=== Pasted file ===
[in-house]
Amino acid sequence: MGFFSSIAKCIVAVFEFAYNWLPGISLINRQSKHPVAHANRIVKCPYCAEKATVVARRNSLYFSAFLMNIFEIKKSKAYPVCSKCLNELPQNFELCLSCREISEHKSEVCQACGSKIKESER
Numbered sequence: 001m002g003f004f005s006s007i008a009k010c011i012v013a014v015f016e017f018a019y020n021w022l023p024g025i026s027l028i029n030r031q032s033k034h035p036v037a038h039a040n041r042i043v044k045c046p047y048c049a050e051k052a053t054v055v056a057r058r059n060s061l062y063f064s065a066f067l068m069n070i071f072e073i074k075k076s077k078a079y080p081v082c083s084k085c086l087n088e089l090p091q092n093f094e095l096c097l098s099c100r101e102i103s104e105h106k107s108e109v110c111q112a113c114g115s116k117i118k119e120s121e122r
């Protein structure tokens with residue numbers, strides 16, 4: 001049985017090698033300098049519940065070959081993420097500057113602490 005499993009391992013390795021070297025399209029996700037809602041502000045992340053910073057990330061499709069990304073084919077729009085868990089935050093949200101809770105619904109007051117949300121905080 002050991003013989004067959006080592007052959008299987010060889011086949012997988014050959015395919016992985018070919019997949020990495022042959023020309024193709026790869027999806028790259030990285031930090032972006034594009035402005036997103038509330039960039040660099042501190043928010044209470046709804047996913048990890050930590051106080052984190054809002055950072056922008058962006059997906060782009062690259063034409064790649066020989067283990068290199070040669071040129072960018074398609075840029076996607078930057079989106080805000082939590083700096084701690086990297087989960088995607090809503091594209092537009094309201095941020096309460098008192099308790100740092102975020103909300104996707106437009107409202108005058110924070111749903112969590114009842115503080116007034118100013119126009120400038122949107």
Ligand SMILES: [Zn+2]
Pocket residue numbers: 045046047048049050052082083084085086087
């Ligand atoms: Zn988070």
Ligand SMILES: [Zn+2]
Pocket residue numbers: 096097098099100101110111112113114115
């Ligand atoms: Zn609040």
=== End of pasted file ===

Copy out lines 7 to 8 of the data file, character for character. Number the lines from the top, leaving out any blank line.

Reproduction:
């Ligand atoms: Zn988070």
Ligand SMILES: [Zn+2]